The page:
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It’s no surprise that the IEEE 802.11x wireless-local-area-network (WLAN) standards are commonly referred to as "alphabet soup." With over 35 lettered standards ranging from IEEE 802.11a to 802.11ak—each differentiated by only a few letters—it’s easy to be left perplexed by the nomenclature. The relative traffic of WLAN networks is increasing with new frequency bands, throughput rates, data streams, the proliferation of personal electronic devices, and industrial/commercial uses. Standards range from general maintenance to a China millimeter-wave standard. The key thing to understand is that the IEEE 802.11 Working Group of the IEEE Standards Association is dealing with a rapidly growing, expanding, and evolving wireless world with new demands and technological breakthroughs. To keep up with this fast-paced evolution, the working group convenes regularly to generate improvements, updates, and even forecast the future of WLAN.

Several standards designations are left out to limit confusion, amended out of the general pool of standards, or limited to recommendations (as opposed to official standards). To reduce confusion, the working group decided to not label any standard or task group with an ending of l, o, q, x, ab, or ag. The designations F and T were either withdrawn or cancelled, respectively, and remain merely as recommended practices.

The original standard, IEEE 802.11-1997, only supported one stream of 1 to 2 Mb/s throughput at 2.4 GHz with approximate indoor range of 20 m and outdoor range of 100 m. It has since been supplanted by the IEEE 802.11-2007 amendments, which brought together the standard designations a, b, d, e, g, h, i, and j. In the summer of 2007, those amendments were finalized by REVma or IEEE 802.11ma, which was developed by the maintenance task group TGma.

The amendment release IEEE 802.11-2007 was then made obsolete by the IEEE 802.11-2012, which was finalized by task group TGmb as REVmb or IEEE 802.11mb. This revision brought together the k, r, y, n, w, p, z, v, u, and s standards. Beyond these standards, there are many that are assigned to maintenance, specific applications, industrial/commercial, government, security, and data-communication protocols. (See “Uncommon Letters In Your Soup Bowl.”)

Currently Used And Updated Standards

Of course, then there are the commonly used and frequently updated standards, such as IEEE 802.11a, b, g, and n. IEEE 802.11a has undergone many transformations, extensions, and additions since 1999—including gaining the functionality added by standards h and y. The IEEE 802.11a standard, which uses orthogonal frequency division multiplexing (OFDM), has 20-MHz bandwidths in the 5.0- and 3.7-GHz bands. It allows for data rates from 1.5 to 54.0 Mb/s at ranges of 35 m (indoors) to 120 m (outdoors) with a single data stream. The 3.70-GHz enhancement increased the power limits of 802.11a in that band, increasing the outdoor wireless range to 5000 m in the US.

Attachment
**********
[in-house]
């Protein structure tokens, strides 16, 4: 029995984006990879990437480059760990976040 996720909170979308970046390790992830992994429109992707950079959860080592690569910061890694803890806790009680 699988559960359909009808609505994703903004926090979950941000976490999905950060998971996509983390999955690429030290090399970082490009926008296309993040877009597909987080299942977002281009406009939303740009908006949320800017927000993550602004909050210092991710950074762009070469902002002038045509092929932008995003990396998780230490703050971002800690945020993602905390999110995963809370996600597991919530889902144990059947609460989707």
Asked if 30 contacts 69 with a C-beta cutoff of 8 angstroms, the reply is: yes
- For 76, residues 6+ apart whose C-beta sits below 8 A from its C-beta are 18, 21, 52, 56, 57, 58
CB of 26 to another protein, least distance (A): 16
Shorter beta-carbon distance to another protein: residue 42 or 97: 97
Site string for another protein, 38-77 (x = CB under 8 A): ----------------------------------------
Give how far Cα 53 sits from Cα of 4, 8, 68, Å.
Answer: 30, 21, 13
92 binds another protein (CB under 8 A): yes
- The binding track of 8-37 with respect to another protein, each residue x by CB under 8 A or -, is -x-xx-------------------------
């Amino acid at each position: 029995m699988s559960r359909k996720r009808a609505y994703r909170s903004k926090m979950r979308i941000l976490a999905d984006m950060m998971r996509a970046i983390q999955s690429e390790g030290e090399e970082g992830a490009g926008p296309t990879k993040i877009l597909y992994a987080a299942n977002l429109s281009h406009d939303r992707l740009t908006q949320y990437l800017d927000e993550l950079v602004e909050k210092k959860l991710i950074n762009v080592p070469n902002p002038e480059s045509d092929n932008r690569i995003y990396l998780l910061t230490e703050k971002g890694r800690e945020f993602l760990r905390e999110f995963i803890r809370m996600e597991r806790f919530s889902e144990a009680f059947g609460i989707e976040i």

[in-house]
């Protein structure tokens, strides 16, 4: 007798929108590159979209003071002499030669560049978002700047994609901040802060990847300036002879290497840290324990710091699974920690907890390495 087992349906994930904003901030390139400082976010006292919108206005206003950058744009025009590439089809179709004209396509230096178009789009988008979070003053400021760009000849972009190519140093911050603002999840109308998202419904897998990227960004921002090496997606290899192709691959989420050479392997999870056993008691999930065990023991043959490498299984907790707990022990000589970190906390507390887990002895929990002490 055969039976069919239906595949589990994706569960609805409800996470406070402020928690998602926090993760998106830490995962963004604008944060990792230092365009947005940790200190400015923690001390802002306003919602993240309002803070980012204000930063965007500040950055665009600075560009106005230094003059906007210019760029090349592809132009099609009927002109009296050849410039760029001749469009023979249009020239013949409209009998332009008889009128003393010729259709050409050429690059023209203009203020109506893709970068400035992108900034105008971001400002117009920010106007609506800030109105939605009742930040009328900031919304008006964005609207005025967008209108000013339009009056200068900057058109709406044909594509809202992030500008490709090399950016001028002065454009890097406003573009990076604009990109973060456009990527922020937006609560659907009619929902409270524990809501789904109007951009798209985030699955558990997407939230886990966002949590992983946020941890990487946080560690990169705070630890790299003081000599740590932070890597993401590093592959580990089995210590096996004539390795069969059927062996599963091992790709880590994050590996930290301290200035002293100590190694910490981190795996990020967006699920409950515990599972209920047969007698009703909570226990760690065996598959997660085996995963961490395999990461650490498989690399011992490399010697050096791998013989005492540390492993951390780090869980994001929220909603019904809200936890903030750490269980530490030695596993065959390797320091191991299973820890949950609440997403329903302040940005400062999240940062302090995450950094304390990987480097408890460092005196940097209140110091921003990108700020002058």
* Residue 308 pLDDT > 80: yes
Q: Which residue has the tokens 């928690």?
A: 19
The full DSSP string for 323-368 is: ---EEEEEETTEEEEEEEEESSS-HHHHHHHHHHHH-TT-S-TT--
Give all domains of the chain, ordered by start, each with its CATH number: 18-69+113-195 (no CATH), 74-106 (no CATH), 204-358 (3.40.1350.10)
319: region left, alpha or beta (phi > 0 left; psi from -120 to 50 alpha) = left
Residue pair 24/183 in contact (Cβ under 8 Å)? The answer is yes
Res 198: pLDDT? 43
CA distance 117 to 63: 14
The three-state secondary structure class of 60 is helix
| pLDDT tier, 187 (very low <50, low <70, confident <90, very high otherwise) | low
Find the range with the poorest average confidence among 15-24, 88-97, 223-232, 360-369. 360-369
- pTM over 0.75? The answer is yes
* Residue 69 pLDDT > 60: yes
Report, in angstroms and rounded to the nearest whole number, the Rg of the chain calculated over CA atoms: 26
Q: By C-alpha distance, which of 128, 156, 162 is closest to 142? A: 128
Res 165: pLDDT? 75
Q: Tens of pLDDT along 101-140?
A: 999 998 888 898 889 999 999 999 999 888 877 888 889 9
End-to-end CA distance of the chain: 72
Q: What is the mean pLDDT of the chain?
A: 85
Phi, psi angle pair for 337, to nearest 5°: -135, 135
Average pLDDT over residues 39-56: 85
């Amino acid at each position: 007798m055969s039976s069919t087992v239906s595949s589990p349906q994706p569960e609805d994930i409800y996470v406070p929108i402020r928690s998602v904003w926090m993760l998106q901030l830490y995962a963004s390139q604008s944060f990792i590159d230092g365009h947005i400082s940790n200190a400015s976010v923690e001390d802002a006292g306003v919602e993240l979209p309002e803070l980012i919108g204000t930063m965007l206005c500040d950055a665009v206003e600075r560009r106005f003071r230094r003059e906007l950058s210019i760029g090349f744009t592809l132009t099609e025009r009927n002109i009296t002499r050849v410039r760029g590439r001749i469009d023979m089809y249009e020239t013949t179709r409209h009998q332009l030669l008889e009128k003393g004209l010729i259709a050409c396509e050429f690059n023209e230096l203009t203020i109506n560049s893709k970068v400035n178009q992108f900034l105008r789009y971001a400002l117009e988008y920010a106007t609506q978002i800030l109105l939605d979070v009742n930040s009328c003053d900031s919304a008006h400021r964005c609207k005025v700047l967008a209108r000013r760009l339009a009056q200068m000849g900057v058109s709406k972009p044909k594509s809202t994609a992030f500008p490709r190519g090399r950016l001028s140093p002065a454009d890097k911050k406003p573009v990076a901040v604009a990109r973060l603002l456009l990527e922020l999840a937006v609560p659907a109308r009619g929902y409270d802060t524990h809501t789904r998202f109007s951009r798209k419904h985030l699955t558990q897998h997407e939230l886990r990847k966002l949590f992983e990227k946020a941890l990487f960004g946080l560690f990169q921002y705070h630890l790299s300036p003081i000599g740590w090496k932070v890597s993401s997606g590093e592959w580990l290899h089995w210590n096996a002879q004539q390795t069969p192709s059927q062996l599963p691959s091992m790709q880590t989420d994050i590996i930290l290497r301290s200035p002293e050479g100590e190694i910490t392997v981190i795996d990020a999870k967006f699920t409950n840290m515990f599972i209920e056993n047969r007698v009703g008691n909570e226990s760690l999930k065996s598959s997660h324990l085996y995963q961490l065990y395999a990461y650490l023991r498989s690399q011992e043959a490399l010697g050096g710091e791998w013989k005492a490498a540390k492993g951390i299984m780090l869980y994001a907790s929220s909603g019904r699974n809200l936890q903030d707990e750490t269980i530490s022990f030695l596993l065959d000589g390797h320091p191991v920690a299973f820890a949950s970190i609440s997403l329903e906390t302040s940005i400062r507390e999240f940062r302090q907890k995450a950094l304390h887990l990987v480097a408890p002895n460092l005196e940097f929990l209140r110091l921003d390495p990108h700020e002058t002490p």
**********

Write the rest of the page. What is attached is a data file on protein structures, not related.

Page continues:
IEEE 802.11b—the most commonly used WLAN standard in the 2.4-GHz band—has been available to market products since 2000. IEEE 802.11b has 20-MHz bandwidth with a single data stream. It operates from 1 to 11 Mb/s and has an indoor range of 35 m and an outdoor range of 140 m. IEEE 802.11b uses the Direct Sequence Spread Spectrum (DSSS) modulation technique. It commonly suffers from interference from other commonly used wireless devices, such as microwaves, baby monitors, Bluetooth devices, cordless telephones, and amateur-radio equipment.

IEEE 802.11g, which is an updated version of 802.11b, arrived in 2003. It operates in the same 2.4-GHz frequency band. By using the same OFDM modulation technique as 802.11a, however, it increases data rates to 54 Mb/s. IEEE 802.11g devices offer only a single data stream. They have an indoor range of 38 m and an outdoor range of 140 m. The devices suffer from the same interference problems as those using IEEE 802.11b. They also face an additional problem, as 802.11b devices cause a decrease in data rates for 802.11g devices.

Added in 2009, IEEE 802.11n is an amendment to the standards that as multiple-input multiple-output (MIMO) antennas. It increases data rates over multiple channels using both a 20-MHz band within the 2.4-GHz band and a 40-MHz band within the 5.0-GHz band. The 2.4-GHz operations of 802.11n data rates range from 7.2 to 72.2 Mb/s while the 5.0-GHz data rates, individually, are 15 to 150 Mb/s. The range of 802.11n devices can use up to four data streams with ranges of 70 m indoors and 250 m outdoors using OFDM modulation. 

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